LCC was first described in 1996 and is an extremely rare entity. To our best knowledge, only seven to eight cases have been reported in literature. When we encountered a rare association of basal ganglia calcification and white matter changes with supratentorial cyst, we searched the literature. Our case fitted exactly with LCC described by Labrune [1] and Nagae-Poetscher [2] et al. Close differential of parasitic infections like hydatid, cysticercosis and cryptococcosis was kept. In neurocysticercosis, there will be multiple cystic lesions with variable parenchymal calcification. [3] Gelatinous pseudocyst and parenchymal calcification are reported in HIV patients with cryptococcosis. [4] However, no serologic evidence was found for these infections and in addition, leukoencephalopathy is not a described feature of these entities. Basal ganglia calcifications with white matter changes have been described in post-radiotherapy and chemotherapy for malignancies more common in children. Other diseases which show extensive basal ganglia and cerebellar nuclei calcification like Fahr's disease do not have other features. LCC has been described to occur from infancy to adolescence. To our best knowledge, ours is probably the second reported case in a middle-aged adult. Etiopathogenesis of LCC is controversial. Obliterative microangiopathy was found to be the basic abnormality in histopathological examination. [1] It is postulated that cyst formation is due to necrotic process secondary to obliterative microangiopathy and calcification seen is nothing but dystrophic calcification. [5] White matter changes are not due to myelination abnormality but due to changes in water content. Clinical feature reported include convulsions, pyramidal, extrapyramidal and cerebellar features. Progression of the disease is variable. Calcifications are reported predominantly in basal ganglia but can also occur in cerebellum and cerebral cortex. Parenchymal cysts can occur both in cerebral hemispheres and infratentorial compartment. White matter changes are seen predominantly in relation to the cysts and in the periventricular location. [6] Follow-up of MRI after 6 months in our patient demonstrated no progression of imaging features. This is consistent with reported slow progression of the disease and patient was asymptomatic. Similar leukoencephalopathy, cysts and calcification have been reported in few cases in association with Coat's disease called as 'Coat's plus'. [5] Coat's disease is unilateral retinal telangiectasia with exudation commonly occurring in boys sporadically without systemic features. However, in Coat's plus there is bilateral retinal telangiectasia with exudation along with systemic features in the form of LCC. However, in our case, examination of eyes was normal. Another entity which deserves a special mention is CRMCC-cerebroretinal microangiopathy with calcification and cysts. [7] This includes both LCC and Coat's plus diseases. According to Briggs TA et al., both LCC and Coat's plus represent a continuous spectrum of similar disease with primary pathogenesis being obliterative microangiopathy. However, further studies are needed for establishing this concept.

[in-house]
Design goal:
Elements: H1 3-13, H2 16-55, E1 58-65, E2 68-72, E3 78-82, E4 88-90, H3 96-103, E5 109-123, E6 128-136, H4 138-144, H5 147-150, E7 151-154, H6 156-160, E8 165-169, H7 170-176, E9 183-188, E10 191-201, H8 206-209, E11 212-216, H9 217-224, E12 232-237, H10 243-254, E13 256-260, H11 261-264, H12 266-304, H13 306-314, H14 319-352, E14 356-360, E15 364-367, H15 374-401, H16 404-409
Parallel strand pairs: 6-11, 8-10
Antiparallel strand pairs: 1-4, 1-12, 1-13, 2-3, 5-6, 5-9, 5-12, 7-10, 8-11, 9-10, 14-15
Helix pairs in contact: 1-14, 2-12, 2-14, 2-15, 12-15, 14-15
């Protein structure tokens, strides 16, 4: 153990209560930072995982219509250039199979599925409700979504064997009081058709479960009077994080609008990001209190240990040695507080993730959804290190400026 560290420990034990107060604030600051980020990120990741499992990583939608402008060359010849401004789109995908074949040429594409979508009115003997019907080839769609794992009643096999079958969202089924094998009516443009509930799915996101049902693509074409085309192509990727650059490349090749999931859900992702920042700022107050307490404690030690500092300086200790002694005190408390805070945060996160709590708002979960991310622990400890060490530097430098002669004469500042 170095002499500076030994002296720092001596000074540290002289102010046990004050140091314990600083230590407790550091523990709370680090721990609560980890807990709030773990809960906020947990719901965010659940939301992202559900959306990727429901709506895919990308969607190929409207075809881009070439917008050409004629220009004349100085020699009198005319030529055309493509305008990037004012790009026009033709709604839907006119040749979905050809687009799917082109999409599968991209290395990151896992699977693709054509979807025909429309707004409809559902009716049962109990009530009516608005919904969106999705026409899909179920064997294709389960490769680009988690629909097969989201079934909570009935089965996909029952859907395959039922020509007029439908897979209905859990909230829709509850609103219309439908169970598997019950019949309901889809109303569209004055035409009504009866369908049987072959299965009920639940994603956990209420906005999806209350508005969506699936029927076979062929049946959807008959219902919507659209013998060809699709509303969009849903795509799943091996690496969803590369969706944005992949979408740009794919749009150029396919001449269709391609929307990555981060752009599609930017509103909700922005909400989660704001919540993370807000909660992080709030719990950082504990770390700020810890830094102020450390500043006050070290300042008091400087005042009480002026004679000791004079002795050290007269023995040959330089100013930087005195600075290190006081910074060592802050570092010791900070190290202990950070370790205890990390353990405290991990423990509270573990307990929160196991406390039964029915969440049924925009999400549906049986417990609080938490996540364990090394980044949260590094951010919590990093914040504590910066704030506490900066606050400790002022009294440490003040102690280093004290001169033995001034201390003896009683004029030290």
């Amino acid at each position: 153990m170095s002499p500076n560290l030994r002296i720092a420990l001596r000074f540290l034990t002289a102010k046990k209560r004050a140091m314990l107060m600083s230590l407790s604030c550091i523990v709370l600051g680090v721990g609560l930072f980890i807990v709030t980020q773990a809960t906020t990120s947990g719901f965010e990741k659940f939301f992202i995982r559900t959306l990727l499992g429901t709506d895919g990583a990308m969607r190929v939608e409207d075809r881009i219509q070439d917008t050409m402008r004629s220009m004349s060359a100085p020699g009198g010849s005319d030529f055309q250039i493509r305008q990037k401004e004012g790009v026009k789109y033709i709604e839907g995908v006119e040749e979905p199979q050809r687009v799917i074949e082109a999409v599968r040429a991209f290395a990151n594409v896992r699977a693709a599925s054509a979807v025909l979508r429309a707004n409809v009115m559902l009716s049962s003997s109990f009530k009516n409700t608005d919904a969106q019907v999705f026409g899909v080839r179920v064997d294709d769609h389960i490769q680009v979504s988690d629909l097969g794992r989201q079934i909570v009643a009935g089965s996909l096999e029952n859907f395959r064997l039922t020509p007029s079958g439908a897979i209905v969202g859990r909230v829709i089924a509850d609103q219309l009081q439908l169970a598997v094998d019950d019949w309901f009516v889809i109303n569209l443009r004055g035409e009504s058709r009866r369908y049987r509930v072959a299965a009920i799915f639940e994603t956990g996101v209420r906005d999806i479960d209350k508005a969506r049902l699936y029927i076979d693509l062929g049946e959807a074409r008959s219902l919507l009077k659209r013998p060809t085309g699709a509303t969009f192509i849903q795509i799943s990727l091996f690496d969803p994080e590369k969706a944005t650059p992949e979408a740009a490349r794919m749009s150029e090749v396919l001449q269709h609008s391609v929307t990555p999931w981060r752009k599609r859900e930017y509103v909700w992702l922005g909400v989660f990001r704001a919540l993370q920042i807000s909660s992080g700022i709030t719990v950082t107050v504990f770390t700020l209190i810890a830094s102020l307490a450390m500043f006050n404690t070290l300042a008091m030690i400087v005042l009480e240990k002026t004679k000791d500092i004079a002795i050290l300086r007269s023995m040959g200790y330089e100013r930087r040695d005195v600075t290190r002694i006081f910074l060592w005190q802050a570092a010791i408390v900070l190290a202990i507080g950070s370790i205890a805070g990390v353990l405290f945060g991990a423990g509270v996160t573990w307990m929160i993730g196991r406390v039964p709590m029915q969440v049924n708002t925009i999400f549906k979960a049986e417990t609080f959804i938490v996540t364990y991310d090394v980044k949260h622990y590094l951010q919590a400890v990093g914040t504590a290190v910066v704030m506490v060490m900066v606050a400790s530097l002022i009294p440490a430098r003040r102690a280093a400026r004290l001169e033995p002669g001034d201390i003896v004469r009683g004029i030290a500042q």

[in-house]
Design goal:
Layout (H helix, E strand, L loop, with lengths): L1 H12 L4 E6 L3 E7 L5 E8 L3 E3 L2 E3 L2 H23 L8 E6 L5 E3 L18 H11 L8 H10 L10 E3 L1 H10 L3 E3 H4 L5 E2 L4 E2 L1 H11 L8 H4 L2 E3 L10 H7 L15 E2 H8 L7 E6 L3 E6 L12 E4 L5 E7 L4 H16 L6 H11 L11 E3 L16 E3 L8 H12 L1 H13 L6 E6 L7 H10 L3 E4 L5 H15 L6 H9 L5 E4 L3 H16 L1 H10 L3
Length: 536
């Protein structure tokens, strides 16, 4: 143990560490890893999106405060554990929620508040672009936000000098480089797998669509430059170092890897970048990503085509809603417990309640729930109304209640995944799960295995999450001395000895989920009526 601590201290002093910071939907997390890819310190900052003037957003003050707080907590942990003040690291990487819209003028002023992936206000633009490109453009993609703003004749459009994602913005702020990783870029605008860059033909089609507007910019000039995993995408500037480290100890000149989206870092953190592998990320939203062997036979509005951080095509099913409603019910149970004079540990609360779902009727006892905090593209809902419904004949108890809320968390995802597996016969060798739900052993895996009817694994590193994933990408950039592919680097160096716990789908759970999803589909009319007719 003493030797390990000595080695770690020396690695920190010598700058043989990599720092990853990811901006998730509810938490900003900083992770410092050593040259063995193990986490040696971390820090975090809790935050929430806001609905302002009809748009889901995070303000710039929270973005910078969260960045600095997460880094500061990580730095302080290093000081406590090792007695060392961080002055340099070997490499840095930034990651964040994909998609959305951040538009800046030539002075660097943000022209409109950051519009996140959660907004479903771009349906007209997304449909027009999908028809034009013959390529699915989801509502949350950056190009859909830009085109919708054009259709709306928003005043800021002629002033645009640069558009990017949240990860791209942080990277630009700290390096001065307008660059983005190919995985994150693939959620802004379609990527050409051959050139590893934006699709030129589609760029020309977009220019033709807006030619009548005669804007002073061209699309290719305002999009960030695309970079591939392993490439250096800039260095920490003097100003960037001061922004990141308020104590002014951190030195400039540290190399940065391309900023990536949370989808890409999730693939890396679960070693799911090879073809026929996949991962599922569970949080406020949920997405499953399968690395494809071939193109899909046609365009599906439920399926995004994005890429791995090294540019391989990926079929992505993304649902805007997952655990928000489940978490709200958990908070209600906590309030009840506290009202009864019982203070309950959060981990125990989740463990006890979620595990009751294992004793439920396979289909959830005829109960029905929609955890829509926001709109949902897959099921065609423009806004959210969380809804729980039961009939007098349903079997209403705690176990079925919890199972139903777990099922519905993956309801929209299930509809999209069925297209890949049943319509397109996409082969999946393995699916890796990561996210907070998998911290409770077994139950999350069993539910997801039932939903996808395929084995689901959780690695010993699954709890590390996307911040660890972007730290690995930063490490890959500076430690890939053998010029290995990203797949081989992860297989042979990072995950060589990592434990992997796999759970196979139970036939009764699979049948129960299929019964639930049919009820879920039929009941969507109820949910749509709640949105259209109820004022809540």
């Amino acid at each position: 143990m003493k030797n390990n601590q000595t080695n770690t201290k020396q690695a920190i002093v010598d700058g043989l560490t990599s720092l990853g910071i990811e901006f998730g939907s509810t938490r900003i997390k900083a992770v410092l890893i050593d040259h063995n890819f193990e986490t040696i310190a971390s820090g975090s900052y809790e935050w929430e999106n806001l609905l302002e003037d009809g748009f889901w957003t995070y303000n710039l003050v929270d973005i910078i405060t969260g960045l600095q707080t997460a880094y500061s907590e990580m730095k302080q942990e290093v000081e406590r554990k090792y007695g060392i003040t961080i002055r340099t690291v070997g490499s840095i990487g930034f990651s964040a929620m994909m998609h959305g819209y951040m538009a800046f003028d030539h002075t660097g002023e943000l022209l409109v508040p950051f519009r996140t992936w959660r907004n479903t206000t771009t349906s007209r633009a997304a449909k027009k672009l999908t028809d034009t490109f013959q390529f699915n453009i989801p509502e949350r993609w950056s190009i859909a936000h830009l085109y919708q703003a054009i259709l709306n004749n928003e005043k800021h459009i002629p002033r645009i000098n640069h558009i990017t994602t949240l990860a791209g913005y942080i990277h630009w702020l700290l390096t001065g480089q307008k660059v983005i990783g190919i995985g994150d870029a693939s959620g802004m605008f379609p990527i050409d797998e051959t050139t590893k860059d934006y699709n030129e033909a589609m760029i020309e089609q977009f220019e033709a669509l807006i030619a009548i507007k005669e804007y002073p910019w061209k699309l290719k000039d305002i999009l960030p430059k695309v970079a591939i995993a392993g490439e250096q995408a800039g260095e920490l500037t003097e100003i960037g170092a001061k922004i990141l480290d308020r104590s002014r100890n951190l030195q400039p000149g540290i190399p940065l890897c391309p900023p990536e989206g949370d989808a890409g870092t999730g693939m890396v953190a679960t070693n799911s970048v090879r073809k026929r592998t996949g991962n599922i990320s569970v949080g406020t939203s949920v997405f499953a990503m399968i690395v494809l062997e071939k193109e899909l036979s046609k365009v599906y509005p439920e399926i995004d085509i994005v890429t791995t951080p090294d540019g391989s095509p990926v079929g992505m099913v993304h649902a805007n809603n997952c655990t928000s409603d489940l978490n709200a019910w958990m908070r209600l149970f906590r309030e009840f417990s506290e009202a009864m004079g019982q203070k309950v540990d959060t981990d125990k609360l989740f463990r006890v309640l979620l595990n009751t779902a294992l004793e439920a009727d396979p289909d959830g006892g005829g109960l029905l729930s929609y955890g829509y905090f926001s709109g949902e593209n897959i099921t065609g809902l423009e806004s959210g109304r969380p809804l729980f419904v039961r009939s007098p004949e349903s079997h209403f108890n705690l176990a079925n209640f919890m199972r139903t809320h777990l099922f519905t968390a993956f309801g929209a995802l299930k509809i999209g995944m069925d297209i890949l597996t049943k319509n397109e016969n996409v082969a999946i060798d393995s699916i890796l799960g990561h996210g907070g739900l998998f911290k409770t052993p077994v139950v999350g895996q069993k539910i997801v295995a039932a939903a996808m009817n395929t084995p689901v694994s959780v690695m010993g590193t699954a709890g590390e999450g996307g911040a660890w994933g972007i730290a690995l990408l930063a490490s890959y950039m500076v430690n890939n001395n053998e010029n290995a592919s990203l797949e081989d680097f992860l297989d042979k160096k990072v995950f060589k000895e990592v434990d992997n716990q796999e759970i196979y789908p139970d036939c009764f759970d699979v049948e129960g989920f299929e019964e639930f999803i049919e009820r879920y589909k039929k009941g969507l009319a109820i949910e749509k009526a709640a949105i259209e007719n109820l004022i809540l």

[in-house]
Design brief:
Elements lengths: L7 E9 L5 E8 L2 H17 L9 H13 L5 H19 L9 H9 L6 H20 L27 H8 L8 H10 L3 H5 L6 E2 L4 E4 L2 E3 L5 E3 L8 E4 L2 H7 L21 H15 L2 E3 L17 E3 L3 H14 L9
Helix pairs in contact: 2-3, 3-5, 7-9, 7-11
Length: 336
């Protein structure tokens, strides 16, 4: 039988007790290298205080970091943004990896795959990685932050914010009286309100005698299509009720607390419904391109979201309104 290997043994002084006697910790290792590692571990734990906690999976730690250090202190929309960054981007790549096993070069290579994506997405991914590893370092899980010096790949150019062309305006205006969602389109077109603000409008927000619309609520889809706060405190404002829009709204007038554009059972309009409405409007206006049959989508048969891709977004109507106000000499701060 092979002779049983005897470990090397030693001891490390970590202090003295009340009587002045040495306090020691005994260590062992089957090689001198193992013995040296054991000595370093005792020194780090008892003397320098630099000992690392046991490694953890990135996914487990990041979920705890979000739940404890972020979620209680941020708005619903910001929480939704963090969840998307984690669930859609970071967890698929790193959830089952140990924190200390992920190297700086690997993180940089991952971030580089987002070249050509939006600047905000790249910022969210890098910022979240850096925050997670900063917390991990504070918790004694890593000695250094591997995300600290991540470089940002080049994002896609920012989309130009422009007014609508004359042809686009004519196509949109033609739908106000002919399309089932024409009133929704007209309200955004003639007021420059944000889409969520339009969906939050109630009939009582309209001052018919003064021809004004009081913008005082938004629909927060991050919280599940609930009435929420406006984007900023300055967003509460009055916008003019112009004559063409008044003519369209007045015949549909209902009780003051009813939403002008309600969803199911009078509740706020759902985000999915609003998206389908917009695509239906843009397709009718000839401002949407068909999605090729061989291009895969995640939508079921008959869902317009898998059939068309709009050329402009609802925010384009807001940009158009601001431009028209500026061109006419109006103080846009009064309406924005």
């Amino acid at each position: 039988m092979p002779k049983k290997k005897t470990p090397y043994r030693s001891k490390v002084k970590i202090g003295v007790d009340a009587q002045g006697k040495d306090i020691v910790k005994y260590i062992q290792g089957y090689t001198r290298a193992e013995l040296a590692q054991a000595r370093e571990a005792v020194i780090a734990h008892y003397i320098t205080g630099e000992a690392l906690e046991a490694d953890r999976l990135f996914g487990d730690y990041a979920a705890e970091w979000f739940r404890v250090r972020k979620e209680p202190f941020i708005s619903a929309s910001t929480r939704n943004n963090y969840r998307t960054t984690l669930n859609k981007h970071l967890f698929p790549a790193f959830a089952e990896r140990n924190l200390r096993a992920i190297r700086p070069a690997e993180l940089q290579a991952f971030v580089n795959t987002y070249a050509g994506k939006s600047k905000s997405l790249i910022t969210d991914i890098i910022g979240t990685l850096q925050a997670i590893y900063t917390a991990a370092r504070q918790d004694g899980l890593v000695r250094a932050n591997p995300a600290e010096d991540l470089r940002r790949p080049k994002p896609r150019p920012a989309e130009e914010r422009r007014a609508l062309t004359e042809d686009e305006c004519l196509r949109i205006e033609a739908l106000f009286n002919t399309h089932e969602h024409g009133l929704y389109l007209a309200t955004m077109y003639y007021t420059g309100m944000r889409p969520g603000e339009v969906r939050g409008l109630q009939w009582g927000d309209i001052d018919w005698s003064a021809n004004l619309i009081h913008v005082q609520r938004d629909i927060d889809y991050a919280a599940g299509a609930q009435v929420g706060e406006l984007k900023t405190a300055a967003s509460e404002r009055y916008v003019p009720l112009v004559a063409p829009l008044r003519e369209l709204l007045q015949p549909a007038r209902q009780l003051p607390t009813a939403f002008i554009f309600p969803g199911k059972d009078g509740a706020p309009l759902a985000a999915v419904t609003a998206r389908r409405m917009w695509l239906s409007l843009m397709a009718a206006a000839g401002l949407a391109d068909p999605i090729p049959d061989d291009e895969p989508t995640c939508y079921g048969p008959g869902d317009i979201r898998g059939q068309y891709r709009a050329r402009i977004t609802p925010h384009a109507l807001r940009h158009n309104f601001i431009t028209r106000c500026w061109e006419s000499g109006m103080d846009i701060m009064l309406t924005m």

In conclusion we can say that, even though this triad of CT/MRI findings has not been found in another disease, whether LCC represents a distinct entity or not, needs more number of cases and follow-up with histopathological correlation.